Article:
Earlier this week, SafeDrives wrote about the annual spring maintenance of the DVP. Part of the repairs included repairing 850 metres worth of guiderail.
SafeDrives reached out to the City of Toronto to find out what kind of repairs were being done and, if guiderails would be replaced, what would they be replaced with.
This is what city staff said in a statement:
“During the annual spring maintenance closure the City will conduct many maintenance activities including guide rail repairs. We will focus our guide rail repair efforts on sections that were damaged by vehicles due to accidents and some sections that are rusted and not in a state-of-good-repair.”
“The work will include the removal of the old/damaged guiderail and replacement with new guiderails as per OPSD standards.”
While a big vague, this statement shows the City of Toronto will be taking advantage of this spring maintenance to do some real work on safety hardware. They specifically said that guiderails that are rusted and not in a state of good repair will be the subject of their focus. A lot of the time, safety hardware such as guiderails are only ever fixed when they have been irreplaceably broken during a car crash. SafeDrives would like to comment Toronto staff for being proactive about replacing faulty safety hardware.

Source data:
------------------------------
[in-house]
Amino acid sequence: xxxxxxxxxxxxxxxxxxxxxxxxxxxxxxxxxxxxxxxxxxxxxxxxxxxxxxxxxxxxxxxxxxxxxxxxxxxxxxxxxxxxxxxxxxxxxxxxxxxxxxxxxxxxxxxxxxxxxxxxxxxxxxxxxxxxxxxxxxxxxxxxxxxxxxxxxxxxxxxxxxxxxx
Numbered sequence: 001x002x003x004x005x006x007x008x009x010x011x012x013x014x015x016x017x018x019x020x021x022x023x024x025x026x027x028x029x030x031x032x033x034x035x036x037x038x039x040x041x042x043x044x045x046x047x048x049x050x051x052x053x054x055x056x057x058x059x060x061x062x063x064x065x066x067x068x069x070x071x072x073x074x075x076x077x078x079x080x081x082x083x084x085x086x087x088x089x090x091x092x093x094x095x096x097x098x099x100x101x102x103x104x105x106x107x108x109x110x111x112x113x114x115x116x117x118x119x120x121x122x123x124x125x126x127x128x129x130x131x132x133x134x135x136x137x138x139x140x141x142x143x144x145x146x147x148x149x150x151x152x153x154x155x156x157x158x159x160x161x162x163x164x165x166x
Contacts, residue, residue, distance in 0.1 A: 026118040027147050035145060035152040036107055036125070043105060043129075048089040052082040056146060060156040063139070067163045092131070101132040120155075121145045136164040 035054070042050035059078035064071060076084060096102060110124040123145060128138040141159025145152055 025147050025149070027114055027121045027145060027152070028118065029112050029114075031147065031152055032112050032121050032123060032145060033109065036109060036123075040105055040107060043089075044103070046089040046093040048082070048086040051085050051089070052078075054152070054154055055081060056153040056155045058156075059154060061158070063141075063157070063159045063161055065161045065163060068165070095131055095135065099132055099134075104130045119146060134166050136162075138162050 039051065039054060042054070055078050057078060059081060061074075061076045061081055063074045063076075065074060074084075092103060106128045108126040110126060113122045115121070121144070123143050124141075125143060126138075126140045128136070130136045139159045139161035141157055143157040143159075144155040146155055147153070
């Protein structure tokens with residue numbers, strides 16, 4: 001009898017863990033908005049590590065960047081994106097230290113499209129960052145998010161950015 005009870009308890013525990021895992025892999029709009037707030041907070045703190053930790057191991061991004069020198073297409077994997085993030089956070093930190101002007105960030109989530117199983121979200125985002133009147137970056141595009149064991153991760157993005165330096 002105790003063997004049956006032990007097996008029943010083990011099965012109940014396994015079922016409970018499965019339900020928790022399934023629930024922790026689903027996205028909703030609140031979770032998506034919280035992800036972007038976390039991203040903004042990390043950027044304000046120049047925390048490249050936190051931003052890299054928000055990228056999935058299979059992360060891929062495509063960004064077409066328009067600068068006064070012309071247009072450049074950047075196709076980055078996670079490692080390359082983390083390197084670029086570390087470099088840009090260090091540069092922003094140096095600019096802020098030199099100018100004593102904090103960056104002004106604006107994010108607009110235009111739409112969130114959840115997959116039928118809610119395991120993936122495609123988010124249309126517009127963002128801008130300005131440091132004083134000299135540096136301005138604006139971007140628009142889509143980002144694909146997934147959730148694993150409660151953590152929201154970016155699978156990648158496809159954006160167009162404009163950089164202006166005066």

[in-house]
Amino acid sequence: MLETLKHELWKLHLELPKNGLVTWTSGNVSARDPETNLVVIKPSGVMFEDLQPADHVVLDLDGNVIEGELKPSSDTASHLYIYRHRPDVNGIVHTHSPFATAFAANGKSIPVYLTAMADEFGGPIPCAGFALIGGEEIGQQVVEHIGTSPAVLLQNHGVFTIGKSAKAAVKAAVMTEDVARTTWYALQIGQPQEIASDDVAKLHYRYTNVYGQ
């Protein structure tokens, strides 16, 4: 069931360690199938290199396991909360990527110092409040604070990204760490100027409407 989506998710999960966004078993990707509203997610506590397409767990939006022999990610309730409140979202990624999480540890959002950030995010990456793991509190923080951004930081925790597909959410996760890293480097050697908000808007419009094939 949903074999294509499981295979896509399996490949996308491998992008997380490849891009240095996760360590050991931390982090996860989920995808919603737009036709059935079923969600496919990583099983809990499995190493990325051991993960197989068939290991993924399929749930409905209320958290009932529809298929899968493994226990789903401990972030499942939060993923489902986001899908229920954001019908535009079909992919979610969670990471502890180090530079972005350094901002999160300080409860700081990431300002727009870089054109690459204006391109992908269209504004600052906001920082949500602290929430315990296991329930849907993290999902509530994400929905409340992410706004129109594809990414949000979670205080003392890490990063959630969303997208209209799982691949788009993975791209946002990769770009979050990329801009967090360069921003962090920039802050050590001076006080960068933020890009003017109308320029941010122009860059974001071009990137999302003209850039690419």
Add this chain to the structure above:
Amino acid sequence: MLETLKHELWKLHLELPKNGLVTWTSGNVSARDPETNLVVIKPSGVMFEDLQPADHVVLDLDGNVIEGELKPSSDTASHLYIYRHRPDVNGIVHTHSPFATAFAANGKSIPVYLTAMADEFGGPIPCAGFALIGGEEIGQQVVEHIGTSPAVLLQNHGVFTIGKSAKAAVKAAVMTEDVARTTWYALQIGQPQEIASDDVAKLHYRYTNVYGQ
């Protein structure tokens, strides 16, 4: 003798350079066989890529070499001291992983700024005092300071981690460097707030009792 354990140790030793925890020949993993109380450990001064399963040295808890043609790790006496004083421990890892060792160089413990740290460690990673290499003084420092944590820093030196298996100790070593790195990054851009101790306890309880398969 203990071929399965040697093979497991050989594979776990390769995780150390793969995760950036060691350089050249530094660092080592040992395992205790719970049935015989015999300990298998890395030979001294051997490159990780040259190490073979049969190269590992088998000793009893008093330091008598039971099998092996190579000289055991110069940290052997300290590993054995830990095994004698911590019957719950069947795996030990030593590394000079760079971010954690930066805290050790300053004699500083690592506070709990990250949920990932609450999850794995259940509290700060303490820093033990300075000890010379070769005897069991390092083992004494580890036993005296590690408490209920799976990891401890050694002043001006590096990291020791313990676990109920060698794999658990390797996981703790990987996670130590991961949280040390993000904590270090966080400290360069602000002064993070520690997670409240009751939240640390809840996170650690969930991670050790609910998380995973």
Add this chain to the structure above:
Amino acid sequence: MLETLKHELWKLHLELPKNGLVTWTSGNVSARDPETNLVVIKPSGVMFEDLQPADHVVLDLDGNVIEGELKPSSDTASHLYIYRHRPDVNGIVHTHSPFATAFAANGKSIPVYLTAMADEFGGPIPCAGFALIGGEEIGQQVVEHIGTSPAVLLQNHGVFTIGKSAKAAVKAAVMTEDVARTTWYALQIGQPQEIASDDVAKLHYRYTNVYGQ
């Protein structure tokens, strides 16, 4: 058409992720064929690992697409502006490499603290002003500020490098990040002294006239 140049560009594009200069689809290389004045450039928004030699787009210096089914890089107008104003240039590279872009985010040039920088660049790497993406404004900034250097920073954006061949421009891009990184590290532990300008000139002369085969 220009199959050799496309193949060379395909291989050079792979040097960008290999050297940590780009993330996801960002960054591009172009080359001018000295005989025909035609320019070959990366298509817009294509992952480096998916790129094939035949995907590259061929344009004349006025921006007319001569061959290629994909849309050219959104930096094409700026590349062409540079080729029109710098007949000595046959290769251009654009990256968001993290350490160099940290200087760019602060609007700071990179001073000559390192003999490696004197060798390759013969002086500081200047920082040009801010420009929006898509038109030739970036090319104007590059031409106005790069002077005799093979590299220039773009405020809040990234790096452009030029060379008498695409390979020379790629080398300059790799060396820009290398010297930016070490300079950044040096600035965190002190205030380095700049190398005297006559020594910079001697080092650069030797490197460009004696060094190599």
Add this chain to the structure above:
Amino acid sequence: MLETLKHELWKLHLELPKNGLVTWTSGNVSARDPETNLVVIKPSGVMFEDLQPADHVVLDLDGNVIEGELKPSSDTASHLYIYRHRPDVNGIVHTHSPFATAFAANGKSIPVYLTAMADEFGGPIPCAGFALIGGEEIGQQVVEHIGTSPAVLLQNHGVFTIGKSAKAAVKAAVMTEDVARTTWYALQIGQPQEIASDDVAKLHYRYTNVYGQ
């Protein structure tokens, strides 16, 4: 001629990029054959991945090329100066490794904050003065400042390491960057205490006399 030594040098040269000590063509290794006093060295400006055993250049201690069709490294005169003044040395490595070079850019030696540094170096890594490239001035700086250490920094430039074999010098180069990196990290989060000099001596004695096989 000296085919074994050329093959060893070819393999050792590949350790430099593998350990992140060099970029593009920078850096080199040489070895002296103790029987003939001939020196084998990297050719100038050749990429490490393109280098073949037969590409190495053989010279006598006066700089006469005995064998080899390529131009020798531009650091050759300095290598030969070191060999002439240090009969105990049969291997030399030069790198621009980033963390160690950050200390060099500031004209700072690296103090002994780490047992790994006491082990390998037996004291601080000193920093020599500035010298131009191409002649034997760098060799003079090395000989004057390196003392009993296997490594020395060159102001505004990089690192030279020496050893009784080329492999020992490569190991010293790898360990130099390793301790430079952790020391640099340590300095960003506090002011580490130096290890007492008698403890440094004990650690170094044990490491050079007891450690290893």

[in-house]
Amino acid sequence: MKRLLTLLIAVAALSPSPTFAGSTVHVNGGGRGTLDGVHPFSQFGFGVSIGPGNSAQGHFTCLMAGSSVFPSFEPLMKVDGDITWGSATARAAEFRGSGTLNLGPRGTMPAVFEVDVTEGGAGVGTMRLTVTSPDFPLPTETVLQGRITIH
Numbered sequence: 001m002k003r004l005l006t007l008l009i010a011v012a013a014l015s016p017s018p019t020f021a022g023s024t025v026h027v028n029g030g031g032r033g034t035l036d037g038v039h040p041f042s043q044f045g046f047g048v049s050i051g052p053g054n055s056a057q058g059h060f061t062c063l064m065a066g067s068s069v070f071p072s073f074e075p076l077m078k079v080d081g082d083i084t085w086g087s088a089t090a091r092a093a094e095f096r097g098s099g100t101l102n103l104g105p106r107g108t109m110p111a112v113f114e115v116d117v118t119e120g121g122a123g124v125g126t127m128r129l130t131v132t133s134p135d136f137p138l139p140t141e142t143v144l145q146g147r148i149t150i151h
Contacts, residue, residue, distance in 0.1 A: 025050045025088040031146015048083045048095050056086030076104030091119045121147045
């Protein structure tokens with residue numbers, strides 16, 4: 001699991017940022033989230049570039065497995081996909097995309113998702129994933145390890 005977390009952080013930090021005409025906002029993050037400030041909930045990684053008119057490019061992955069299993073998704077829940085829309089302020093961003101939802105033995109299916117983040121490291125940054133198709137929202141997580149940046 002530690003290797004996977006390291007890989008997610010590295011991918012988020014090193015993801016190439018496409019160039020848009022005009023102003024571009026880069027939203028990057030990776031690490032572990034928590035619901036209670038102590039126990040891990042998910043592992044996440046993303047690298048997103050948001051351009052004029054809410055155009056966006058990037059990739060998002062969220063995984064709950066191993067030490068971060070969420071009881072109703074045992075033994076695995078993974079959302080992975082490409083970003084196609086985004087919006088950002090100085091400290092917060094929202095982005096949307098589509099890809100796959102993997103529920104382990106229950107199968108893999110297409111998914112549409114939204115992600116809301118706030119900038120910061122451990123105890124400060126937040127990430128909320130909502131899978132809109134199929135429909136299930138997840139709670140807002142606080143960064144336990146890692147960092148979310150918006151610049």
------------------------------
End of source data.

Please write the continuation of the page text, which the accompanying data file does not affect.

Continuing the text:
At the same time, the reference to OPSD standards does not surprise us here at SafeDrives. Most municipalities provide this answer in regards to safety mechanisms because they don’t know the specifications of the hardware being installed on their roads. This is a shame, but nothing new. Luckily, the OPSD has updated their guidelines to ensure only MASH-approved mechanisms are installed. The guidelines can be found here!
In conclusion, SafeDrives is satisfied with Toronto’s answer, but wonders if anyone on staff actually knows what MASH means and which products the OPSD updated.